SOCKS Proxy using SSH Tunneling

SOCKS or Socket Secure is an protocol used to move network packets between the computer and the proxy server. You can use any standard Linux server to set up your SOCKS proxy as long as you have SSH (Secure Shell) access. You do not need to install any additional software on your server for this to work.

As a digital marketer doing SEO, you may need to run SERP rank checks and if you do it often enough, search engines may temporarily block your computer’s public IP address. Or if you are at work or school where IT blocks websites that you need to access, this can be a viable method to get around that—as long as you are not doing anything illegal.

Here are some advantages of SOCKS proxies over other types of proxies:

  • Lives on the Session Layer (refer to the OSI model) so anything above that on the Presentation Layer and Application Layer (eg. HTTP, FTP, etc.) will all pass through the SOCKS proxy
  • Use a proxy on SEO software that does not have native support for  proxies
  • Does not require anything special as long as you have a Linux server with SSH access
  • Avoid the risk of middlemen stealing your data in contrast to public proxies

Note: Even though DNS is on the Application Layer, Windows will use your default DNS, in which case would probably be from your ISP. You can use a software such as DNS2SOCKS if you want to route DNS traffic through the SOCKS proxy too.

This tutorial is for Windows and you would need to download PuTTY (SSH client) if you do not have it.

Download PuTTY

Part 1 – Establishing the SSH Tunnel

  1. Open PuTTY.
  2. On the left, click on Connection and check “Enable TCP keepsalives (SO_KEEPALIVE option)”. This will prevent the connection to your server from disconnecting if there is no activity.
  3. Go to Connection -> Tunnels and for “Source port”, type in 8080 (you can use any port number but make sure that is the same port you use in Part 2). Next, change the radio button from Local to Dynamic, click Add, and it should say D8080.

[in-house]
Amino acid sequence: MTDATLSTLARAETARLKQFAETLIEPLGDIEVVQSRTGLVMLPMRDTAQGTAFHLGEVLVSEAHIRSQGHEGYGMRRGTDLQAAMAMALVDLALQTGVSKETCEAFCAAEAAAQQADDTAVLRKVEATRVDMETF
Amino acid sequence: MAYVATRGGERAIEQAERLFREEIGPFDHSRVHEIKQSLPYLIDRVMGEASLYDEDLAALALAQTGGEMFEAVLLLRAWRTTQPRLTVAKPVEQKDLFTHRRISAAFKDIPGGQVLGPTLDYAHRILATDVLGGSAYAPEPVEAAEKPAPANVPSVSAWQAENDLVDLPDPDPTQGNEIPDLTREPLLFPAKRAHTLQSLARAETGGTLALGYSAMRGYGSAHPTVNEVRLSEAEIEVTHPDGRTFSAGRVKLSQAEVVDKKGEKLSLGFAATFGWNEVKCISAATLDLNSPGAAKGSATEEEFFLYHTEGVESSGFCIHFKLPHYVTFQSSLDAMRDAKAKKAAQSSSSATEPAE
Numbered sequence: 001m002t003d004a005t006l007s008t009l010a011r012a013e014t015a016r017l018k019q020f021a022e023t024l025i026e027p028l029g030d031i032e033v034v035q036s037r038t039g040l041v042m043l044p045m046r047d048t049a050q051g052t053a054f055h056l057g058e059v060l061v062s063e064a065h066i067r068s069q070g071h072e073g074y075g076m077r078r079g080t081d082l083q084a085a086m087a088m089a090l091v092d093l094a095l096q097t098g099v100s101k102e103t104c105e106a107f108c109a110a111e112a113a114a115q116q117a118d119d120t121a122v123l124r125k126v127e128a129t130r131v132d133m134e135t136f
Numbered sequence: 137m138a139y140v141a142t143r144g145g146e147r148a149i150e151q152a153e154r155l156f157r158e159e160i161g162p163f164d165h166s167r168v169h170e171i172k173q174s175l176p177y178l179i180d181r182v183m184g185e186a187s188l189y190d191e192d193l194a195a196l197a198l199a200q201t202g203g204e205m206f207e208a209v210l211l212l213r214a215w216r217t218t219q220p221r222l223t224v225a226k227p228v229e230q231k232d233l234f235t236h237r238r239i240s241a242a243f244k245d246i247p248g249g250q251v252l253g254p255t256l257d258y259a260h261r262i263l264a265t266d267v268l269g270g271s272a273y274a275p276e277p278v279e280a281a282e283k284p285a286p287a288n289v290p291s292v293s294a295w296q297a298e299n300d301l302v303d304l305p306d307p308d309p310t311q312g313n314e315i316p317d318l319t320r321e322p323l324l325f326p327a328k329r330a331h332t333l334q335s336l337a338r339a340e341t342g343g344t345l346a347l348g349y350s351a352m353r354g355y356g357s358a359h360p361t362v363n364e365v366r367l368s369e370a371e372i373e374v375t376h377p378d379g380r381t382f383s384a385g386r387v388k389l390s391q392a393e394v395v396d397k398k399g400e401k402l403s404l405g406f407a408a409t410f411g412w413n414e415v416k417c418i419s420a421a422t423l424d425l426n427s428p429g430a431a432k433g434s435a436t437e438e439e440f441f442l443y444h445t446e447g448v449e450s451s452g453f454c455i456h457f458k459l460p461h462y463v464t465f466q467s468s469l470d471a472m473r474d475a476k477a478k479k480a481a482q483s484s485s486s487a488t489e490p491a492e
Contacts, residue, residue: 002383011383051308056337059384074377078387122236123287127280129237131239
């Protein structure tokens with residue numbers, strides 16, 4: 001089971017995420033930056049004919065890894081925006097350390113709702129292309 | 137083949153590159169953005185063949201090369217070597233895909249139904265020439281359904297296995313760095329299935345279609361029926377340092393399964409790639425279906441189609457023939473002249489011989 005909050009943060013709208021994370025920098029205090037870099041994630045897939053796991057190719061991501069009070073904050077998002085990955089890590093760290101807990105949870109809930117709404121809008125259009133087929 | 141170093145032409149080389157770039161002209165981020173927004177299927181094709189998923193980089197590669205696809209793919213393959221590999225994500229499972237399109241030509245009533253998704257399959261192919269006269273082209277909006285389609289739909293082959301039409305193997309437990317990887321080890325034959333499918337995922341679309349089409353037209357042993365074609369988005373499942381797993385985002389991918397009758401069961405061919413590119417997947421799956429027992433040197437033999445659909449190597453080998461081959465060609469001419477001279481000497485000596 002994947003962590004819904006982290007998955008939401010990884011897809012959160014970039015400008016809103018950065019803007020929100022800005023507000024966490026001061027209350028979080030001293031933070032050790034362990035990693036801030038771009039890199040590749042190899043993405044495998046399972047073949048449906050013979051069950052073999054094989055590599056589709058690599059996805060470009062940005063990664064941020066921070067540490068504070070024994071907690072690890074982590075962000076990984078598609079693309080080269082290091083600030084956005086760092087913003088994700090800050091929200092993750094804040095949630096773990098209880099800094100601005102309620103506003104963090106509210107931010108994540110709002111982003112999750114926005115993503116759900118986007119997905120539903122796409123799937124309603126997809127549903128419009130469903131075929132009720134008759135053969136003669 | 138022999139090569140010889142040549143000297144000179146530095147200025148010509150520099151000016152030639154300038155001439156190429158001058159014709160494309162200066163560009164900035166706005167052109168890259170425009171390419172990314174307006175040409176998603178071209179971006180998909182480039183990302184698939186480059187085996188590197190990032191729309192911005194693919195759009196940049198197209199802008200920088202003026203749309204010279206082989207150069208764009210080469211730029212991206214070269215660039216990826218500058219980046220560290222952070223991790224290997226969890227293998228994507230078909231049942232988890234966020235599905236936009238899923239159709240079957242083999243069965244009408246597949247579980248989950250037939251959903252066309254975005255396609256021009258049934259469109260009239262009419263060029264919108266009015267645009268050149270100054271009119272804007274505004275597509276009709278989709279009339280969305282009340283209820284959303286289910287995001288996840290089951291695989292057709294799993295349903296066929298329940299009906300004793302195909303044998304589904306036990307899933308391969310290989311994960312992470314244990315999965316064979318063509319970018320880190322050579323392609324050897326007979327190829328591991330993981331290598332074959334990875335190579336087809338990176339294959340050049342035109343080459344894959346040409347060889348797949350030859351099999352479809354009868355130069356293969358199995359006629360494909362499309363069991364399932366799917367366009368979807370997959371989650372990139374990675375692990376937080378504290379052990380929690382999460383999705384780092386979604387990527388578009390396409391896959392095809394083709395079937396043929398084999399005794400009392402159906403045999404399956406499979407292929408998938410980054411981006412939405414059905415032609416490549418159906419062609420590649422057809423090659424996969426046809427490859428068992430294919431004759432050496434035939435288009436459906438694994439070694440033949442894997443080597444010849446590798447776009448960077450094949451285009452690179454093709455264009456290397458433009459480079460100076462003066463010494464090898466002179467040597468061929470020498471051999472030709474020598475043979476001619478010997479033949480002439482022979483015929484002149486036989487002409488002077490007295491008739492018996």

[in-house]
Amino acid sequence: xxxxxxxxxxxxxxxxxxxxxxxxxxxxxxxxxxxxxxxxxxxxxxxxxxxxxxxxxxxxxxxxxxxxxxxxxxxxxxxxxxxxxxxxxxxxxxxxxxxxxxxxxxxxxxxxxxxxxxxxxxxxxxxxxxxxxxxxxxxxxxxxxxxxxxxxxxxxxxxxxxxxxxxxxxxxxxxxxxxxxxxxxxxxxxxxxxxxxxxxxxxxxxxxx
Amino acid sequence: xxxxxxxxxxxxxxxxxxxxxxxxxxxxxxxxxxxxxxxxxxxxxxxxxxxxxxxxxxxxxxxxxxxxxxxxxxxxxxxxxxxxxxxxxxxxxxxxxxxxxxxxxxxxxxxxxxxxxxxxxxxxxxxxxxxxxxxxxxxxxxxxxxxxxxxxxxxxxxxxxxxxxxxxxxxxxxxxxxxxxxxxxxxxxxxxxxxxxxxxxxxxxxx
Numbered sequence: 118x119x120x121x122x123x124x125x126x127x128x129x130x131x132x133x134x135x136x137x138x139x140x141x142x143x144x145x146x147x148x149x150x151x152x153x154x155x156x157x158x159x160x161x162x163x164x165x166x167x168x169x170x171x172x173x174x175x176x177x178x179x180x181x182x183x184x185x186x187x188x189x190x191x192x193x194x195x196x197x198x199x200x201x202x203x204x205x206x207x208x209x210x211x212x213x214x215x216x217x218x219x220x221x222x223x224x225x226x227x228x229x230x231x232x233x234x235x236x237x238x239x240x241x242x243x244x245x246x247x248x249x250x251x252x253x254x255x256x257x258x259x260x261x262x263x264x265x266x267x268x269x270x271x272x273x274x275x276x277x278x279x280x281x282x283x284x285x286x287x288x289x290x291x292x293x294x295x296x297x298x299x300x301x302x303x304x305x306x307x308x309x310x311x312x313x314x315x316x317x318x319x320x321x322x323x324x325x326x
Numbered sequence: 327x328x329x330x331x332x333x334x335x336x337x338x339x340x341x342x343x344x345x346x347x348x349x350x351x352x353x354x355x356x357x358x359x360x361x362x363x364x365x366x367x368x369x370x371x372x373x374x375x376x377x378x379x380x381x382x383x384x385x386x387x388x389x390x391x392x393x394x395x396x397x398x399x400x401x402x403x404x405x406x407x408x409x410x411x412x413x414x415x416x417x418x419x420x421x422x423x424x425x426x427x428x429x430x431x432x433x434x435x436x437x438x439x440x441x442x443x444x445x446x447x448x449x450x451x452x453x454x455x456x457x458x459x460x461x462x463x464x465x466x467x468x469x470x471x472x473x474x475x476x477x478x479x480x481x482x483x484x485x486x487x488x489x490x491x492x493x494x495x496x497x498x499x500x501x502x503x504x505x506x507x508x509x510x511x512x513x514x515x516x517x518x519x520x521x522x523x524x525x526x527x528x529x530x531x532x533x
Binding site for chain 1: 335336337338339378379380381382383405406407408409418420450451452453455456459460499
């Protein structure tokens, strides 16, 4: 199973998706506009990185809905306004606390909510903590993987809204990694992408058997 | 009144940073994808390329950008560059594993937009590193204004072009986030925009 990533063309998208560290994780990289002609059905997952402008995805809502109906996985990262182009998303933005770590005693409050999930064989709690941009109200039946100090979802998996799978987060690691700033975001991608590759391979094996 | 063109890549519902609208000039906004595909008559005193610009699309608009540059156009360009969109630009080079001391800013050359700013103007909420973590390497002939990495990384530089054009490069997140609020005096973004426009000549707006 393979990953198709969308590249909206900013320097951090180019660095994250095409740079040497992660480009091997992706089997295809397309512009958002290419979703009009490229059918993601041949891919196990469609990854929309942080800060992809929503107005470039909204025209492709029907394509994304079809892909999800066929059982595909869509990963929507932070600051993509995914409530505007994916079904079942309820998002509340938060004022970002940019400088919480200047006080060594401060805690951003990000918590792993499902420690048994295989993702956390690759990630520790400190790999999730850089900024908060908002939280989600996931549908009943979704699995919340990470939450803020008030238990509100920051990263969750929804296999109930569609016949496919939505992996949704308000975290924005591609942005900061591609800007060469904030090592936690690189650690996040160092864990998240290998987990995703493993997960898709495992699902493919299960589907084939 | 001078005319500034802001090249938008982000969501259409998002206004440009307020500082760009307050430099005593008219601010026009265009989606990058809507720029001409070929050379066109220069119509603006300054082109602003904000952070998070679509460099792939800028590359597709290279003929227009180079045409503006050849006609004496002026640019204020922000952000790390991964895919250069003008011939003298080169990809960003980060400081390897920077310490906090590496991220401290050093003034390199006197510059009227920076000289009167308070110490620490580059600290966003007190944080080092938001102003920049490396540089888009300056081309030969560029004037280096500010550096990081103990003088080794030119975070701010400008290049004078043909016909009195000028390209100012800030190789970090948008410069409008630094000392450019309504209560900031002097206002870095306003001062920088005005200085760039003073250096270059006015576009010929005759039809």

4. On the left, click back to Session, enter your server’s domain name or IP address, and click
  5. Enter your SSH username and then the password to establish the SSH connection with the server.

Part 2 – Setting up the SOCKS Proxy Connection

  1. If you are using Windows 10, search for “Configure proxy server” in your task bar and open that up. If you are using a different version of Windows, you may need to go to the Control Panel, go into Internet Options and click on the Connections tab.
  2. Under “Local Area Network (LAN) settings” towards the bottom, click the “LAN settings” button.
  3. Check “Use a proxy server for your LAN (These settings will not apply to dial-up or VPN connections).” and click on the “Advanced” button.
  4. Under the Type column, you will see one that says “Socks”. Enter “localhost” for the Proxy address to use and 8080 for the Port. Leave the rest empty, and click OK to apply changes and exit out of the Proxy Settings window.
  5. Click OK again to apply changes and exit out of the Local Area Network (LAN) Settings window.
  6. Click OK one more time to apply changes and exit out of the Connections window.

At this point, any traffic from your computer will go through the SOCKS proxy using your SSH tunnel. To be sure, I recommend using a website like whatismyip.com to double check.